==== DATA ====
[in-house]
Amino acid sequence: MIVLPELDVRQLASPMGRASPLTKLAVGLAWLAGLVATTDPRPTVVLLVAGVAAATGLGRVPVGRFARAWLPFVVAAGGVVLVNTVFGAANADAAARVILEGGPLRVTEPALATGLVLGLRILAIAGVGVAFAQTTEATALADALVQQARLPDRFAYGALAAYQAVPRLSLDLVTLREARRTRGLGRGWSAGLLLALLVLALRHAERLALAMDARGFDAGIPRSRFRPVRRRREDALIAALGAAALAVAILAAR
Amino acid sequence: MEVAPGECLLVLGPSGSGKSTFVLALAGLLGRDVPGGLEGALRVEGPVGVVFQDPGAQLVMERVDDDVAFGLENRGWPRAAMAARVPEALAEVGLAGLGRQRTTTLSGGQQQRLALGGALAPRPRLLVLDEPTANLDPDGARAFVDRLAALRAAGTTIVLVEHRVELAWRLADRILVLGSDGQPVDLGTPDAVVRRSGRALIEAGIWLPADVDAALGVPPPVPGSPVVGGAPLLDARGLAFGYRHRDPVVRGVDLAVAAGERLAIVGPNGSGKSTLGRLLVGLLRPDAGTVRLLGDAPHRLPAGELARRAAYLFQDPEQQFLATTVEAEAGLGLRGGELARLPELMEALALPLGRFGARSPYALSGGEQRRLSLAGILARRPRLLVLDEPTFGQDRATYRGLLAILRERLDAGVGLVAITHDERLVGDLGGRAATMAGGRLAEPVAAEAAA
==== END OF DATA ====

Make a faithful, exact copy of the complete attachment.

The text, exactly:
[in-house]
Amino acid sequence: MIVLPELDVRQLASPMGRASPLTKLAVGLAWLAGLVATTDPRPTVVLLVAGVAAATGLGRVPVGRFARAWLPFVVAAGGVVLVNTVFGAANADAAARVILEGGPLRVTEPALATGLVLGLRILAIAGVGVAFAQTTEATALADALVQQARLPDRFAYGALAAYQAVPRLSLDLVTLREARRTRGLGRGWSAGLLLALLVLALRHAERLALAMDARGFDAGIPRSRFRPVRRRREDALIAALGAAALAVAILAAR
Amino acid sequence: MEVAPGECLLVLGPSGSGKSTFVLALAGLLGRDVPGGLEGALRVEGPVGVVFQDPGAQLVMERVDDDVAFGLENRGWPRAAMAARVPEALAEVGLAGLGRQRTTTLSGGQQQRLALGGALAPRPRLLVLDEPTANLDPDGARAFVDRLAALRAAGTTIVLVEHRVELAWRLADRILVLGSDGQPVDLGTPDAVVRRSGRALIEAGIWLPADVDAALGVPPPVPGSPVVGGAPLLDARGLAFGYRHRDPVVRGVDLAVAAGERLAIVGPNGSGKSTLGRLLVGLLRPDAGTVRLLGDAPHRLPAGELARRAAYLFQDPEQQFLATTVEAEAGLGLRGGELARLPELMEALALPLGRFGARSPYALSGGEQRRLSLAGILARRPRLLVLDEPTFGQDRATYRGLLAILRERLDAGVGLVAITHDERLVGDLGGRAATMAGGRLAEPVAAEAAA